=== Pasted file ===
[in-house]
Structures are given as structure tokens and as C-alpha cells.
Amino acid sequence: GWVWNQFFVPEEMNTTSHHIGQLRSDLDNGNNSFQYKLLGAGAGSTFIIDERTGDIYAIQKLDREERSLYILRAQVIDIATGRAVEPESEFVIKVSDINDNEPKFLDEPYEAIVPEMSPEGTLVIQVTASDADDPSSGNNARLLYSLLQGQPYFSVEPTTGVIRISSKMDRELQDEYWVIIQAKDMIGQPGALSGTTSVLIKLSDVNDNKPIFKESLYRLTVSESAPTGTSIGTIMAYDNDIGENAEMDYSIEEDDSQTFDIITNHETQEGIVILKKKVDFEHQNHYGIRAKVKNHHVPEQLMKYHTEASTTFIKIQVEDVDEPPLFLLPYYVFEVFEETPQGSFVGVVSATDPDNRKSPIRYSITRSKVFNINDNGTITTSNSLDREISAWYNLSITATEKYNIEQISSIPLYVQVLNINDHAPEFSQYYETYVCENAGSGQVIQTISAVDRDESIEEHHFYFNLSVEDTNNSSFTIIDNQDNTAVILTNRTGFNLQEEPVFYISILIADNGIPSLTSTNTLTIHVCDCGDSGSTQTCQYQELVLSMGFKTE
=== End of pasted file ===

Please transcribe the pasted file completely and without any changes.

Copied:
[in-house]
Structures are given as structure tokens and as C-alpha cells.
Amino acid sequence: GWVWNQFFVPEEMNTTSHHIGQLRSDLDNGNNSFQYKLLGAGAGSTFIIDERTGDIYAIQKLDREERSLYILRAQVIDIATGRAVEPESEFVIKVSDINDNEPKFLDEPYEAIVPEMSPEGTLVIQVTASDADDPSSGNNARLLYSLLQGQPYFSVEPTTGVIRISSKMDRELQDEYWVIIQAKDMIGQPGALSGTTSVLIKLSDVNDNKPIFKESLYRLTVSESAPTGTSIGTIMAYDNDIGENAEMDYSIEEDDSQTFDIITNHETQEGIVILKKKVDFEHQNHYGIRAKVKNHHVPEQLMKYHTEASTTFIKIQVEDVDEPPLFLLPYYVFEVFEETPQGSFVGVVSATDPDNRKSPIRYSITRSKVFNINDNGTITTSNSLDREISAWYNLSITATEKYNIEQISSIPLYVQVLNINDHAPEFSQYYETYVCENAGSGQVIQTISAVDRDESIEEHHFYFNLSVEDTNNSSFTIIDNQDNTAVILTNRTGFNLQEEPVFYISILIADNGIPSLTSTNTLTIHVCDCGDSGSTQTCQYQELVLSMGFKTE